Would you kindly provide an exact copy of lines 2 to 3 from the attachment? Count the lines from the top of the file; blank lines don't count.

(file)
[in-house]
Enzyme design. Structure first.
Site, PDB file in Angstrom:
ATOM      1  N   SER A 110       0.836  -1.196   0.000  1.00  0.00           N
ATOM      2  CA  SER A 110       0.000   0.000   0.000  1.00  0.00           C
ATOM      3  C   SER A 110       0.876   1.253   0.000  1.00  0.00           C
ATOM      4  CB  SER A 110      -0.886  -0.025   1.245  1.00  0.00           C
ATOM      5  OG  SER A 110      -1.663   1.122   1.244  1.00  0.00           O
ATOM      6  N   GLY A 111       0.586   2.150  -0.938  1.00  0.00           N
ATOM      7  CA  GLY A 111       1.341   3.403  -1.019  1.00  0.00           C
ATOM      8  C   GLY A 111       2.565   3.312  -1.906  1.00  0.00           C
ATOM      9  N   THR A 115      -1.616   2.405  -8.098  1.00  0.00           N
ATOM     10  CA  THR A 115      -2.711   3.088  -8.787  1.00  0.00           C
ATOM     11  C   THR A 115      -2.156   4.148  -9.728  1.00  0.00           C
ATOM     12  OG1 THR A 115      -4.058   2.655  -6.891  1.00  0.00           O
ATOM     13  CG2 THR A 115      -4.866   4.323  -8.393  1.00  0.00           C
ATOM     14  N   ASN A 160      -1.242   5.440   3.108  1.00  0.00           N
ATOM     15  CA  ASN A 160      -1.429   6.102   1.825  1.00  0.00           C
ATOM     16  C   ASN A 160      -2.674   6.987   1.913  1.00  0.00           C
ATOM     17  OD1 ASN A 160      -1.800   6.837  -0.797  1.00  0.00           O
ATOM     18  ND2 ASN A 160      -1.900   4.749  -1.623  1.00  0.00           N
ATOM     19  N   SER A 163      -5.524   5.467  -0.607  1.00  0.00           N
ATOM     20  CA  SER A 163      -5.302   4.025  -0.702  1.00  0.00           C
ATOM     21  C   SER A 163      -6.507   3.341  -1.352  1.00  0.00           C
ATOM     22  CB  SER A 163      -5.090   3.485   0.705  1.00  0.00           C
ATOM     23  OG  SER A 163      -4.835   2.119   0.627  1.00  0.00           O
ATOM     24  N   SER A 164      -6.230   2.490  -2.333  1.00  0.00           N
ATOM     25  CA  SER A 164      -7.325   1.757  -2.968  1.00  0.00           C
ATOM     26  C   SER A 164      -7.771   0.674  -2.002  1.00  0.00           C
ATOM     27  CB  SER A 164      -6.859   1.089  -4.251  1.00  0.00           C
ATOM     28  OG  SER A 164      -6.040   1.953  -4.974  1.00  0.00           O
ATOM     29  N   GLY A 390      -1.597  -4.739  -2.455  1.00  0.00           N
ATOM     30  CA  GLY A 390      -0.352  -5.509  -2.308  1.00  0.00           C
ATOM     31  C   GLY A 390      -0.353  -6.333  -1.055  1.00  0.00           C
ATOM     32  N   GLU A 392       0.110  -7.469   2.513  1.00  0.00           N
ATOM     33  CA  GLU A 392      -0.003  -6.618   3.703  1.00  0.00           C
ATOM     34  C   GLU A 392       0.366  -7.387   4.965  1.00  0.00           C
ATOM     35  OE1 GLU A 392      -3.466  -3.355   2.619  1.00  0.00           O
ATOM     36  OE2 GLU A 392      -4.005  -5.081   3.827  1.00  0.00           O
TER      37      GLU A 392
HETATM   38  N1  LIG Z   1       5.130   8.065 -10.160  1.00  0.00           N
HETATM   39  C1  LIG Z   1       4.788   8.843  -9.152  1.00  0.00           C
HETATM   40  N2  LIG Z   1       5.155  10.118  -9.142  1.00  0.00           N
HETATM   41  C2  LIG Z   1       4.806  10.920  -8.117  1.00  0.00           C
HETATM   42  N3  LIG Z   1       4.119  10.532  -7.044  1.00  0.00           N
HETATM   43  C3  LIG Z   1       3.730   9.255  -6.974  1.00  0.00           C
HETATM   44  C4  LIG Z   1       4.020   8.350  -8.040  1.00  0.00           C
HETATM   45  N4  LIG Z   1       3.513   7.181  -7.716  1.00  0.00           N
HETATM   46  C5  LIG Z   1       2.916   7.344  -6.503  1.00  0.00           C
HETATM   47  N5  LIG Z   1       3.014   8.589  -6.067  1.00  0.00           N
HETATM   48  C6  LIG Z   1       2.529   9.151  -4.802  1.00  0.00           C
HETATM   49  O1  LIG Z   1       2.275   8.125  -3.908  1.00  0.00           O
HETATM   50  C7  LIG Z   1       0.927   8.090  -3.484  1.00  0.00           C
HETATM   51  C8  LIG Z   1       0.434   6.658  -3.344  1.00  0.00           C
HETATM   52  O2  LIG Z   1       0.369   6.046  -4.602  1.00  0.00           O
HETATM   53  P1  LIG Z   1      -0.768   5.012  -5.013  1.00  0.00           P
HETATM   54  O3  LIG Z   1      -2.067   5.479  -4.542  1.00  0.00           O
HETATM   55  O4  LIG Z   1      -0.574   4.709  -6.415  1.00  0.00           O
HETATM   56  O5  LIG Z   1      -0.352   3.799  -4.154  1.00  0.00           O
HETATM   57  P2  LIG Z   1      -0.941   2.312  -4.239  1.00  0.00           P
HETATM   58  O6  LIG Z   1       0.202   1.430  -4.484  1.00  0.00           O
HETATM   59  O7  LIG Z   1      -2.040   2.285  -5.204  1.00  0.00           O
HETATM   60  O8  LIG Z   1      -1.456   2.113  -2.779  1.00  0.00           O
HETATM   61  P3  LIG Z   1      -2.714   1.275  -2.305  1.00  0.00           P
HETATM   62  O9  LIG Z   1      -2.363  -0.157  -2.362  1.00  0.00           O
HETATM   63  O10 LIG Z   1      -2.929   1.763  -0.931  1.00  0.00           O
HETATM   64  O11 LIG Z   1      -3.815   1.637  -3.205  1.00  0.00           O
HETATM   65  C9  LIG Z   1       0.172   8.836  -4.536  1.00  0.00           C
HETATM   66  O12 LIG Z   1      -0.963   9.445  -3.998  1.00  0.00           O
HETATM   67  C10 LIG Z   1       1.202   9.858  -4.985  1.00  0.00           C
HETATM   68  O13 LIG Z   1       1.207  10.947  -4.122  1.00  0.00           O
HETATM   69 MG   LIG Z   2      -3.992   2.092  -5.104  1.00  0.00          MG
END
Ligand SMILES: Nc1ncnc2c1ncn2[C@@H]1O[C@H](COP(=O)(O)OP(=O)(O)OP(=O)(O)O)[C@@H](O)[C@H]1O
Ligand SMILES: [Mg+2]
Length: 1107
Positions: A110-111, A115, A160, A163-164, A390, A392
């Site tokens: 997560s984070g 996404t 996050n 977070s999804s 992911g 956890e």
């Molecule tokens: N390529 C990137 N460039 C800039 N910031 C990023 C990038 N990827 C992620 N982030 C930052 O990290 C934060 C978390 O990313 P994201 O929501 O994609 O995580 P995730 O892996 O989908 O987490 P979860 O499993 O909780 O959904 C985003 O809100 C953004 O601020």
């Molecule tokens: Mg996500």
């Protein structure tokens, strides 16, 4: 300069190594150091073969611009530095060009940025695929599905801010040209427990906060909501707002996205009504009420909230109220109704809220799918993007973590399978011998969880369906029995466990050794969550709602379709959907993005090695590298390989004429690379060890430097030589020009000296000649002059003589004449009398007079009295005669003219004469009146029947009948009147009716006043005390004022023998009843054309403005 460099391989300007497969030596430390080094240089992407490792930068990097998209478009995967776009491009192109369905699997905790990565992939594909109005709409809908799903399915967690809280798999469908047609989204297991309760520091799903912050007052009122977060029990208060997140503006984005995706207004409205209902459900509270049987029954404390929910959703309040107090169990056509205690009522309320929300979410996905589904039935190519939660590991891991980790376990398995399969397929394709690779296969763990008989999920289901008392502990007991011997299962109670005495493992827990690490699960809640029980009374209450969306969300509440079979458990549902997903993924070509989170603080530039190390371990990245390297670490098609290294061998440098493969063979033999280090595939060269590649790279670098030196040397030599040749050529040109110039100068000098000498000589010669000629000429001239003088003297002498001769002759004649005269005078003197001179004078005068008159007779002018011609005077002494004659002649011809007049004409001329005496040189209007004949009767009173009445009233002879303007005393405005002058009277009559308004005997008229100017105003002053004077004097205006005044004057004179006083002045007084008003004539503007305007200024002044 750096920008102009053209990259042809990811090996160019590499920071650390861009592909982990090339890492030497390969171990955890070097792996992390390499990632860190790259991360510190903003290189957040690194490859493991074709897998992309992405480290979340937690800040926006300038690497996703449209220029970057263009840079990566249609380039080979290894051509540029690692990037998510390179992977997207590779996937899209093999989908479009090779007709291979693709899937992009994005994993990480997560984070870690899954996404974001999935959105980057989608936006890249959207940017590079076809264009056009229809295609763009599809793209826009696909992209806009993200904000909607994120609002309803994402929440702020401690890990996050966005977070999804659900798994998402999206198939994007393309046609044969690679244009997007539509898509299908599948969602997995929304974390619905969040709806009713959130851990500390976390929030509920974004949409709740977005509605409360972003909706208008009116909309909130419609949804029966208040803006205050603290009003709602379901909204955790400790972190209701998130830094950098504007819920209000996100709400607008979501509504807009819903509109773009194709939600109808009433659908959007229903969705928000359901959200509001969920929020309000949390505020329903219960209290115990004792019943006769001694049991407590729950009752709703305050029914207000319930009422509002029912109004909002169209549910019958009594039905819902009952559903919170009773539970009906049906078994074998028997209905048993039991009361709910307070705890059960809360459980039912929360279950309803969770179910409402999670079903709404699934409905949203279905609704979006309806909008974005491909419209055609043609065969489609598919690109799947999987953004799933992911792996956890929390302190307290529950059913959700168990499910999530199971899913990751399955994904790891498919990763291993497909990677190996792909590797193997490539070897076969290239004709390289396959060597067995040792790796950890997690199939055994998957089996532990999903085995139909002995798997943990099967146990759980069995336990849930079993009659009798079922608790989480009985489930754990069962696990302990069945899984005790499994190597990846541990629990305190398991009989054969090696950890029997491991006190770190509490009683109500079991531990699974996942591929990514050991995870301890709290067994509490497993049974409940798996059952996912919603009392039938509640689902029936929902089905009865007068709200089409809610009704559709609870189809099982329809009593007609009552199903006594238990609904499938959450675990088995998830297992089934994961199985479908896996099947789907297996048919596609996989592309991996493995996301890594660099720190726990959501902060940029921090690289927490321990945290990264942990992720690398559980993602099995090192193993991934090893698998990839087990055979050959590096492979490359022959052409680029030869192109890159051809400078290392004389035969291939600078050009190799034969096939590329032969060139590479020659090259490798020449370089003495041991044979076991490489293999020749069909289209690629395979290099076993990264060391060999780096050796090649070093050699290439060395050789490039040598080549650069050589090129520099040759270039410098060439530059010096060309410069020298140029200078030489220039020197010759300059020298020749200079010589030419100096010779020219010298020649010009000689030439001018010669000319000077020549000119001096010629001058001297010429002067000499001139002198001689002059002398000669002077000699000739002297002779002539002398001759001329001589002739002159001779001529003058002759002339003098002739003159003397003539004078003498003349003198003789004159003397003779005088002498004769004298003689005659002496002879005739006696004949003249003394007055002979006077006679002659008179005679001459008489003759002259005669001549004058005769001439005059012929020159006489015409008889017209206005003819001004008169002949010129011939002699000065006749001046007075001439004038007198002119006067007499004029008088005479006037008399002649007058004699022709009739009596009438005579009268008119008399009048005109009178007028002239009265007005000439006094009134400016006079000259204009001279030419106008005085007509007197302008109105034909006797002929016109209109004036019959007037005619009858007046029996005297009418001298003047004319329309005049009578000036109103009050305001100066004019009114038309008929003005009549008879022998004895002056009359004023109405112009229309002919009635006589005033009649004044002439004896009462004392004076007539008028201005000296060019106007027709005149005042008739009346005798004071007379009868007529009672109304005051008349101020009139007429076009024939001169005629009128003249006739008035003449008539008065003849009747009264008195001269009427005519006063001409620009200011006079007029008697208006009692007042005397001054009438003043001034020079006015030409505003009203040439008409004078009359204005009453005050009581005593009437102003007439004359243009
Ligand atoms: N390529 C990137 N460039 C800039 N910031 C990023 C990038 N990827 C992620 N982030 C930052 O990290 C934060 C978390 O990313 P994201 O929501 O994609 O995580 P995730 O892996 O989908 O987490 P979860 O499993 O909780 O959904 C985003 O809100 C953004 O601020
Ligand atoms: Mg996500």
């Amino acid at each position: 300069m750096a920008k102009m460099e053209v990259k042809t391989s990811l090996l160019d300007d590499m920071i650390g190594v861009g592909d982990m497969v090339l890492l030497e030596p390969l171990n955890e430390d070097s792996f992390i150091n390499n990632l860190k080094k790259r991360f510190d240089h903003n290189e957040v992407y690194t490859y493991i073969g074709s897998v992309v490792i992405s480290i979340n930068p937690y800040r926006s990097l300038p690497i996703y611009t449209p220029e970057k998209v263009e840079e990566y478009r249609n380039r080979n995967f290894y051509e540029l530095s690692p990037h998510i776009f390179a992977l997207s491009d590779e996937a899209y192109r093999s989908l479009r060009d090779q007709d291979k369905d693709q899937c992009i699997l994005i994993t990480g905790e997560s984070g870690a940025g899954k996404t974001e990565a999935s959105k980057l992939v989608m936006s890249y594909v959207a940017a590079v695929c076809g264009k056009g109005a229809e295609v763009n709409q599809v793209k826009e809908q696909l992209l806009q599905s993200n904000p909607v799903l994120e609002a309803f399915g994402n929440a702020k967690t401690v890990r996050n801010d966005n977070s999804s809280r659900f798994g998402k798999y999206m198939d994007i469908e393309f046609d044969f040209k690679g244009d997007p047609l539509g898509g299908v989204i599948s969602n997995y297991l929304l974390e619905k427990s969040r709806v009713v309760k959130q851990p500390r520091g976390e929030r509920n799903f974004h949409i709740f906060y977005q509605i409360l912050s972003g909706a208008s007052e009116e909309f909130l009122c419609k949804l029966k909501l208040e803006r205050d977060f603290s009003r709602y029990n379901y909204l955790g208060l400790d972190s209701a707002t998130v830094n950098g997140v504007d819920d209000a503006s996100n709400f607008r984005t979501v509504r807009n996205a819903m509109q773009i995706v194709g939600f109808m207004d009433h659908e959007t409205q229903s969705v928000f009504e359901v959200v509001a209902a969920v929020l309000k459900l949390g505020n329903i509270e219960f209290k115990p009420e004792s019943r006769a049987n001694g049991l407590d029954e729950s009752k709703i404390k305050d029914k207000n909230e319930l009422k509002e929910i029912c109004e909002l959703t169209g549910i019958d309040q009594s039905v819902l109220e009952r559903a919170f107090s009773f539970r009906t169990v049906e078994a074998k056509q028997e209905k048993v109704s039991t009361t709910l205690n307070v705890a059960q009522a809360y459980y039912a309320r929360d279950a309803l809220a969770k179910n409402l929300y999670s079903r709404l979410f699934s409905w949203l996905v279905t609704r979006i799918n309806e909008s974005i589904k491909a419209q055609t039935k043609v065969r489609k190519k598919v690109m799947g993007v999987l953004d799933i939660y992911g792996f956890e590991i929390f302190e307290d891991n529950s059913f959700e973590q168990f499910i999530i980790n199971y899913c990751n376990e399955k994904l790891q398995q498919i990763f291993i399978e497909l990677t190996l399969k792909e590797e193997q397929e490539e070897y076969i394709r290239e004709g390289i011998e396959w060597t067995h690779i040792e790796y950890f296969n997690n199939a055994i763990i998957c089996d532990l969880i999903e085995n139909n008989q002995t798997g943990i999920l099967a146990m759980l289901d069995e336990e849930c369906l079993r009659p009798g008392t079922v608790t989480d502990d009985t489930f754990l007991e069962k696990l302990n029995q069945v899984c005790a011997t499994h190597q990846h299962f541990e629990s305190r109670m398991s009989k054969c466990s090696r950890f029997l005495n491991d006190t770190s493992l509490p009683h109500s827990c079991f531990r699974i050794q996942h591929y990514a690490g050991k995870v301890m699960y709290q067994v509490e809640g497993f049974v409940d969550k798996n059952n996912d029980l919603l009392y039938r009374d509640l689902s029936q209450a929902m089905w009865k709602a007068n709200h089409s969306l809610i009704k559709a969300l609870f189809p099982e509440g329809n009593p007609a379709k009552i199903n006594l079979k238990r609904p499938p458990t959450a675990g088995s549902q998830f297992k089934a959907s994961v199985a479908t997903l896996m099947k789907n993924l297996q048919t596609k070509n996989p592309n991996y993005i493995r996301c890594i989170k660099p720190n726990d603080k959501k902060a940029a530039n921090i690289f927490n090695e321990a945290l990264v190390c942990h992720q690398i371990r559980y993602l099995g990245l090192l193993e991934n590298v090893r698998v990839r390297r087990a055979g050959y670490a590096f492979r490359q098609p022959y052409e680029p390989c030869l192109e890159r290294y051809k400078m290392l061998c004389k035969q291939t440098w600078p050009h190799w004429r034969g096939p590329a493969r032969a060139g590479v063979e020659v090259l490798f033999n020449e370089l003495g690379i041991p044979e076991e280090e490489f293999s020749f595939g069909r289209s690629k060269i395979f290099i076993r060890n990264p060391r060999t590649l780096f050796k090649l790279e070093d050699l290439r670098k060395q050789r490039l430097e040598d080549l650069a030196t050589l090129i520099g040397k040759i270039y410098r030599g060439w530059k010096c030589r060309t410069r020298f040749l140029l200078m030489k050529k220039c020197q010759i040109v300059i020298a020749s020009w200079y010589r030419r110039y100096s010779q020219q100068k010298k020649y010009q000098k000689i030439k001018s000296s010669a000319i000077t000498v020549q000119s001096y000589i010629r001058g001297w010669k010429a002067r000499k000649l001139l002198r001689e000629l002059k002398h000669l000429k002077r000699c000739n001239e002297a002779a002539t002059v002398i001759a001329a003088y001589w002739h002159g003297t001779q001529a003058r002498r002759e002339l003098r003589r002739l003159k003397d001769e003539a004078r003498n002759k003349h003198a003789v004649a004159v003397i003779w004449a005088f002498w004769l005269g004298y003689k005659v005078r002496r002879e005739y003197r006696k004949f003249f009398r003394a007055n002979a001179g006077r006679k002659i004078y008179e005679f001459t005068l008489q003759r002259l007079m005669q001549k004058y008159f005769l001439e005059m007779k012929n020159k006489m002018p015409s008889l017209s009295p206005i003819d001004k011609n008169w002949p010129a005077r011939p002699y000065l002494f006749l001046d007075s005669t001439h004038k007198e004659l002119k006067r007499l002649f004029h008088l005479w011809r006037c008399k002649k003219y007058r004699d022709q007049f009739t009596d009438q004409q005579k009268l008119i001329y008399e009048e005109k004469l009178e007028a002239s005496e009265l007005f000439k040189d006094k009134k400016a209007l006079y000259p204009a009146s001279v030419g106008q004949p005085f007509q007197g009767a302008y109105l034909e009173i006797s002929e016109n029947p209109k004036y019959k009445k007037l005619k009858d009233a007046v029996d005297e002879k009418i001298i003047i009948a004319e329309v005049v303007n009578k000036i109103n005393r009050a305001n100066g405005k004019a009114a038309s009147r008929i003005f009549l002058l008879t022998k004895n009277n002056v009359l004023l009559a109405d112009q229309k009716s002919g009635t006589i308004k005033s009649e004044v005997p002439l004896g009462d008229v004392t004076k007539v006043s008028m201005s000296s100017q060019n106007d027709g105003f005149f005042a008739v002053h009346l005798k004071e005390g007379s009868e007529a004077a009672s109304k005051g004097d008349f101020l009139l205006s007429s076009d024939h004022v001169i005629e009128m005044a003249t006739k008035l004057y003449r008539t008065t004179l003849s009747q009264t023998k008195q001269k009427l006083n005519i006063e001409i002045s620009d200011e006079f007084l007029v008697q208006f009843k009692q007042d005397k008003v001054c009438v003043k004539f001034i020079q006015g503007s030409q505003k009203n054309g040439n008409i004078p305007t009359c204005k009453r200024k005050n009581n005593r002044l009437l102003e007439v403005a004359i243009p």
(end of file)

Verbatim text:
Enzyme design. Structure first.
Site, PDB file in Angstrom: